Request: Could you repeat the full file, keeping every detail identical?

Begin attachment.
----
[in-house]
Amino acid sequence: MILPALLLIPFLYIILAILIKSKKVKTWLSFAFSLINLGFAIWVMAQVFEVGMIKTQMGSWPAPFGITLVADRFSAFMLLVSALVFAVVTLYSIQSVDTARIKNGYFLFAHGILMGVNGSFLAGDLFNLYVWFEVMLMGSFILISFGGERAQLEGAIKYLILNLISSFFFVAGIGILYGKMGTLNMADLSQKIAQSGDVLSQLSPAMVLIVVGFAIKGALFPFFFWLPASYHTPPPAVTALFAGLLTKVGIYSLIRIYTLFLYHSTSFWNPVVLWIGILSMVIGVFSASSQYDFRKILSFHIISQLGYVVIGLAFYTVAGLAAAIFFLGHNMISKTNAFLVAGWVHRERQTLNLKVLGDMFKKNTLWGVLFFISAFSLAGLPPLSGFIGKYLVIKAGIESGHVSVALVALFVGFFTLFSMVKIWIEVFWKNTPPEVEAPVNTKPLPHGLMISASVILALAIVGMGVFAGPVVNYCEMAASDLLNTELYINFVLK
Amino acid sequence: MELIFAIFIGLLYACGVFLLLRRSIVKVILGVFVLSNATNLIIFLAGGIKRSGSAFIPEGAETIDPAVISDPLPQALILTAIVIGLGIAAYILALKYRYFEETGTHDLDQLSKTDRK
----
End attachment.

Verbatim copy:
[in-house]
Amino acid sequence: MILPALLLIPFLYIILAILIKSKKVKTWLSFAFSLINLGFAIWVMAQVFEVGMIKTQMGSWPAPFGITLVADRFSAFMLLVSALVFAVVTLYSIQSVDTARIKNGYFLFAHGILMGVNGSFLAGDLFNLYVWFEVMLMGSFILISFGGERAQLEGAIKYLILNLISSFFFVAGIGILYGKMGTLNMADLSQKIAQSGDVLSQLSPAMVLIVVGFAIKGALFPFFFWLPASYHTPPPAVTALFAGLLTKVGIYSLIRIYTLFLYHSTSFWNPVVLWIGILSMVIGVFSASSQYDFRKILSFHIISQLGYVVIGLAFYTVAGLAAAIFFLGHNMISKTNAFLVAGWVHRERQTLNLKVLGDMFKKNTLWGVLFFISAFSLAGLPPLSGFIGKYLVIKAGIESGHVSVALVALFVGFFTLFSMVKIWIEVFWKNTPPEVEAPVNTKPLPHGLMISASVILALAIVGMGVFAGPVVNYCEMAASDLLNTELYINFVLK
Amino acid sequence: MELIFAIFIGLLYACGVFLLLRRSIVKVILGVFVLSNATNLIIFLAGGIKRSGSAFIPEGAETIDPAVISDPLPQALILTAIVIGLGIAAYILALKYRYFEETGTHDLDQLSKTDRK